The promoters of AK6 and the Botswana government are about to reach a shareholding deal over the proposed diamond mine after a long protected negotiation that started at the beginning of the second half of the year.
Sources from both camps told Sunday Standard on Friday that the “negotiations are ongoing and are expected to be concluded shortly”.
Sources said government has given the negotiating teams up to August 12, this year to come out with a workable deal. However, a top official at the Ministry of Minerals said Friday that if a deal could not be secured by then there is always a provision to extend the deadline.
“The deadline does not mean anything. This is not cast on stone, it can always be extended to allow the negotiations to continue,” Deputy -Permanent Secretary at Minerals, Jacob Thamage, said Friday.
The ongoing negotiations are prompted by Section 51 of the Mines and Minerals Act which states that, in terms of mining application, especially when it involves the mining of diamonds, the government must be given a chance to negotiate an equity stake and the marketing of diamonds.
Last September, African Diamonds, together with the world’s largest diamond producer, De Beers, filed for a mining licence of the AK6 which was expected to be processed within six months.
But in April this year, the two promoters were advised by government that their mining application was accepted subject to meeting the requirements of Section 51 of the Mines and Minerals Act.
In a note which was posted on African Diamonds on April 3, the company said it “has received a letter from the Ministry of Minerals, Energy and Water Resources of the government of the Republic of Botswana stating that the Mining Licence Application for AK6 meets the requirements of section 51 of the Mines and Minerals Act to proceed with negotiations regarding the issue of the mining licence”.
The Department of Mines has said all information supplied to the promoters, including environmental impact assessment and the mining plan, were of the highest quality but they wanted to find out as to whether the promoters are prepared to give government an equity stake.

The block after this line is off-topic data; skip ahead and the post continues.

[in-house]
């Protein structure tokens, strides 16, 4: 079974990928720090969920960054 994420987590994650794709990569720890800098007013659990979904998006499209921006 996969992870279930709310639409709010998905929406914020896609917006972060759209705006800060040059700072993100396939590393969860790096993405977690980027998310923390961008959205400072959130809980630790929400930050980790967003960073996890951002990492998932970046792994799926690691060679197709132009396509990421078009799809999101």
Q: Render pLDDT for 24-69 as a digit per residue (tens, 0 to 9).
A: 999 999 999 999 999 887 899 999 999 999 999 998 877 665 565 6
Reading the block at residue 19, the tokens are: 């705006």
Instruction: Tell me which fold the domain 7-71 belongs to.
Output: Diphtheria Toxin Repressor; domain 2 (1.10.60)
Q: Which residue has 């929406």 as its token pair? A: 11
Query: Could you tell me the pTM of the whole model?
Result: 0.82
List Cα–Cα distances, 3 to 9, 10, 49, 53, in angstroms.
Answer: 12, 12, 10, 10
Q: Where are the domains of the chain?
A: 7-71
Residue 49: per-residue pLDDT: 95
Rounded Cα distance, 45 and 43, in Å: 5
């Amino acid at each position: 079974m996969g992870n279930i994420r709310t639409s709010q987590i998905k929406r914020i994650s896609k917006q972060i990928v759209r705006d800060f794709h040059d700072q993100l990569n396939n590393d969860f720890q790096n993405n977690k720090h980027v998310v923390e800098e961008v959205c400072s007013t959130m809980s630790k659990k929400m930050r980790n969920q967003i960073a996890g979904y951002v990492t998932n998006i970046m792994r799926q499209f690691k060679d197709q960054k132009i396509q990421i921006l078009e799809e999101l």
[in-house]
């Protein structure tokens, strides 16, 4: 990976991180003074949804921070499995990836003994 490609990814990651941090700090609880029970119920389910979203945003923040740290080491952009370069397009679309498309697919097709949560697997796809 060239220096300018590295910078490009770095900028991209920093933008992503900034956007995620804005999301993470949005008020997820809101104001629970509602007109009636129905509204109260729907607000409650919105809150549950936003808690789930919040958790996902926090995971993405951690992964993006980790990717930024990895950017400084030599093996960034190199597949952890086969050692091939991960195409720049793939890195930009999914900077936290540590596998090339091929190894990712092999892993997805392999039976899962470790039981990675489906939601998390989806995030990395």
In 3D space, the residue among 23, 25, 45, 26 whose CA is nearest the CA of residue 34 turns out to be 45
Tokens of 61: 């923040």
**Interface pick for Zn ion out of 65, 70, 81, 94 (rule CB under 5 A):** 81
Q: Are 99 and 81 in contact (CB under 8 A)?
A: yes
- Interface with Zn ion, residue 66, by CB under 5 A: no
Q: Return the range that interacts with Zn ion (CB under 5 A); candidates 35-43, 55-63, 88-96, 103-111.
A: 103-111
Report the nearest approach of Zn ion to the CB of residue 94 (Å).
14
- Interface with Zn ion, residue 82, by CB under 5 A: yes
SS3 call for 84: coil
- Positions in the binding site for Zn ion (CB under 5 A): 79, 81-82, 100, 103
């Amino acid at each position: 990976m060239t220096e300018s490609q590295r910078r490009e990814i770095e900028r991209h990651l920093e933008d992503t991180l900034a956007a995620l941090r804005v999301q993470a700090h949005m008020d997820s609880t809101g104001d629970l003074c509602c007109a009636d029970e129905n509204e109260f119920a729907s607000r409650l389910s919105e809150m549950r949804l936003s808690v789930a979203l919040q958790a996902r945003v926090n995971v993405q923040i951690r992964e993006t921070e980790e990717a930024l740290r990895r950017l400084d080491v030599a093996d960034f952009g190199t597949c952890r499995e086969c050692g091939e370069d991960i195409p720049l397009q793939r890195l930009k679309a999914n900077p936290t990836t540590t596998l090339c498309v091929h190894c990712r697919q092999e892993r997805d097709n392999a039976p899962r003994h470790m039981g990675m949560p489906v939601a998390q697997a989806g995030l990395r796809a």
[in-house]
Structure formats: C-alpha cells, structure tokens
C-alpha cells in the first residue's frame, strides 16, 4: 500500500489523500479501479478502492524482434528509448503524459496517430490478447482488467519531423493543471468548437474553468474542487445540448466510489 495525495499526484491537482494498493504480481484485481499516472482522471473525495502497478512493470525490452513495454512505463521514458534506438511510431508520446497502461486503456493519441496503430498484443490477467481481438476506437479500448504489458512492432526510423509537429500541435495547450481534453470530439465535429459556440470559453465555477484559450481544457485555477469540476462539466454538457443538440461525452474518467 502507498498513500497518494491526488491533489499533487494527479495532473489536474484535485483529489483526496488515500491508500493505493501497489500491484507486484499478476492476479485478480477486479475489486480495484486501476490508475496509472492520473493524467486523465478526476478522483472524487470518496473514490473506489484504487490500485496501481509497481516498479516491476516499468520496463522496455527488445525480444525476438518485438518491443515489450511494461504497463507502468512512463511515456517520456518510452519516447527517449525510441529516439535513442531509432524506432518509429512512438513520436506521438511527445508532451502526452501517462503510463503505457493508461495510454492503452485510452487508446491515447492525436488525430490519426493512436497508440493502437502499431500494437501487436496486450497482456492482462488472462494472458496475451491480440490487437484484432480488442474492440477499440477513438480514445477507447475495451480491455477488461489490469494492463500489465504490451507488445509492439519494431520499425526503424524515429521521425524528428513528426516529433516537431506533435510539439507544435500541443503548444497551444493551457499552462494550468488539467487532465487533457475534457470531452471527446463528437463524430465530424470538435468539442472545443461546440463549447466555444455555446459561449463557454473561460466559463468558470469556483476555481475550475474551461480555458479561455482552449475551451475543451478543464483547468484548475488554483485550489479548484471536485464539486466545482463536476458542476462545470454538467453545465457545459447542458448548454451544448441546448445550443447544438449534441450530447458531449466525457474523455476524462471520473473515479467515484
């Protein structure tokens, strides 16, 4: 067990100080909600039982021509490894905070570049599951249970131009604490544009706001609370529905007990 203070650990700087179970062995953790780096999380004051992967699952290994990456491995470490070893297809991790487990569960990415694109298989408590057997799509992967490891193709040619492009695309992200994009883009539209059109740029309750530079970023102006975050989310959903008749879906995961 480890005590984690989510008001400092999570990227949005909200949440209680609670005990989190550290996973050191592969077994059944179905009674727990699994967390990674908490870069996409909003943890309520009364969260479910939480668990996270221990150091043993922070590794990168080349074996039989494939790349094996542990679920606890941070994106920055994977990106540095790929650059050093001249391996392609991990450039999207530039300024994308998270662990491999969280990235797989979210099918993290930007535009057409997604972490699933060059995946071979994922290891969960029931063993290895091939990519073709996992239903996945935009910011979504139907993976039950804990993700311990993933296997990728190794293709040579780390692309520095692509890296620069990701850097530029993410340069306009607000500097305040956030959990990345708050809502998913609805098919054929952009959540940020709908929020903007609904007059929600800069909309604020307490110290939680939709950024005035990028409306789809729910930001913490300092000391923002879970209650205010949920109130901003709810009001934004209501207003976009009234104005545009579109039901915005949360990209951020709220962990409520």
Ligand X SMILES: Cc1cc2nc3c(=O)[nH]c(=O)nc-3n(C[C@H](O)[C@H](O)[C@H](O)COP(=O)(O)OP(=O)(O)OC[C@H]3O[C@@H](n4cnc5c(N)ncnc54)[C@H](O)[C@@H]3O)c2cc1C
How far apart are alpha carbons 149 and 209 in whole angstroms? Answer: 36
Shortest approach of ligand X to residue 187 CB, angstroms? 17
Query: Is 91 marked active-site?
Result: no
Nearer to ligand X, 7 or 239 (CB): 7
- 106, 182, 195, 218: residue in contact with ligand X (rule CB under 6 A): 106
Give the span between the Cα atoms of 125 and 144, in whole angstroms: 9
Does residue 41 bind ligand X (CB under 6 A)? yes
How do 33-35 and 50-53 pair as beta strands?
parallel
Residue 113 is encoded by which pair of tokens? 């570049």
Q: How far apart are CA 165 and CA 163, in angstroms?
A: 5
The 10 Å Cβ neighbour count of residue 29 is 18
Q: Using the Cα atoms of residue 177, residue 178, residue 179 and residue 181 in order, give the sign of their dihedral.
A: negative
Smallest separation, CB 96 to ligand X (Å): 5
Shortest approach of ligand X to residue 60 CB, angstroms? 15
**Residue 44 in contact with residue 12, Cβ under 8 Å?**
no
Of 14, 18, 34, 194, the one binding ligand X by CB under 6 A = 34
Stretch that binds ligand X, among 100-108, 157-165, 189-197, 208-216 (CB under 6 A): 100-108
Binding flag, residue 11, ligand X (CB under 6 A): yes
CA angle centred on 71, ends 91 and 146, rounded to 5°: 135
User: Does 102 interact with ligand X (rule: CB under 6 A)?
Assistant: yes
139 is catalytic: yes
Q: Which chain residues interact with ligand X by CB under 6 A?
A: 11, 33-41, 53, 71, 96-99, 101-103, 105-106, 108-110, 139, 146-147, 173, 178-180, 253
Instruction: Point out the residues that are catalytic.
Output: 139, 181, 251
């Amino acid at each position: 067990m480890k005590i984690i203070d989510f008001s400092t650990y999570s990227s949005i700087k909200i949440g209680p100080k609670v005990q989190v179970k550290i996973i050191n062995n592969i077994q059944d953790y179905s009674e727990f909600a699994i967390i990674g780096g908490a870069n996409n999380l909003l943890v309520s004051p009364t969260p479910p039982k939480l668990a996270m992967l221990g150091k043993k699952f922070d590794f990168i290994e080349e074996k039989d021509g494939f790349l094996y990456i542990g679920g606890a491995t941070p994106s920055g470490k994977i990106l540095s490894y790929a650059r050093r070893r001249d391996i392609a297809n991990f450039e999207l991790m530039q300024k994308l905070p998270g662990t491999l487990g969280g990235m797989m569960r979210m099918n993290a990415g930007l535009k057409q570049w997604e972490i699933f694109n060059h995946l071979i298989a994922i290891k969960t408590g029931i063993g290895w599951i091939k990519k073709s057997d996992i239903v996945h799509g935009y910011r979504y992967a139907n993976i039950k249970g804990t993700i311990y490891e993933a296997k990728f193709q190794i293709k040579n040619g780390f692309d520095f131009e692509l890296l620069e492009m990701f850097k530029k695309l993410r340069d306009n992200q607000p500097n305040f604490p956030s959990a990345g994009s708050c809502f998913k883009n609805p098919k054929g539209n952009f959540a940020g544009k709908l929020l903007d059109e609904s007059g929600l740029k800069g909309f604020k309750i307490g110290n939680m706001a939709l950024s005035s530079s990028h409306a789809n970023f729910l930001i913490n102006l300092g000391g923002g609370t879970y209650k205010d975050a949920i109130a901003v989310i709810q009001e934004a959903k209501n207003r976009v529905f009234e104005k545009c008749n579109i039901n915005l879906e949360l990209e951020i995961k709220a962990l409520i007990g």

“We are delighted with this important step in the process of the issuing of the AK6 Mining Licence. We believe that we have the full backing of De Beers and the government of Botswana to move this world class project towards production and we look forward to concluding negotiations as soon as possible,” John Teeling, chairman of African Diamonds has said.
The proposed mine is 15 kilometers south-east of the Letlhakane Village and is expected to produce its first gem diamonds by 2009.
The mine is expected to produce one of the best diamonds in the country similar to that of Letlhakane mine both in terms of production per carat and the quality.
The mine is expected to produce 600, 000 (gem quality ) carats in the first year, and thereafter production will pickup to the range of 1.2 million ÔÇôto- 1.5 million carats per annum.
AK 6 is a joint project between African Diamonds and De Beers, the South African-based diamond giant, which owns 51 percent of the project and can acquire up to 70 percent equity by funding the exploration work and bankable study.
The exploration exercise was carried out by De Beers following the joint venture through the use of its new technology. They found out that the kimberliteÔÇöthe volcanic rock deposit containing diamonds ÔÇô was much larger than originally thought.
It also contains the rare nitrogen free gemstone deposits found in 45- carat Hope Diamond in the Smithsonian in New York and the Cullinan Diamonds which are part of the Crown Jewels.
According to current estimates, the mine is expected to produce very good quality diamonds of about US $ 150 per carat.
The mine will initially be an openÔÇôcast with a life-span of between 12 and 15 years at a depth of about 200 meters. It also has a provision for an underground which will stretch its life-span to possibly 30 years.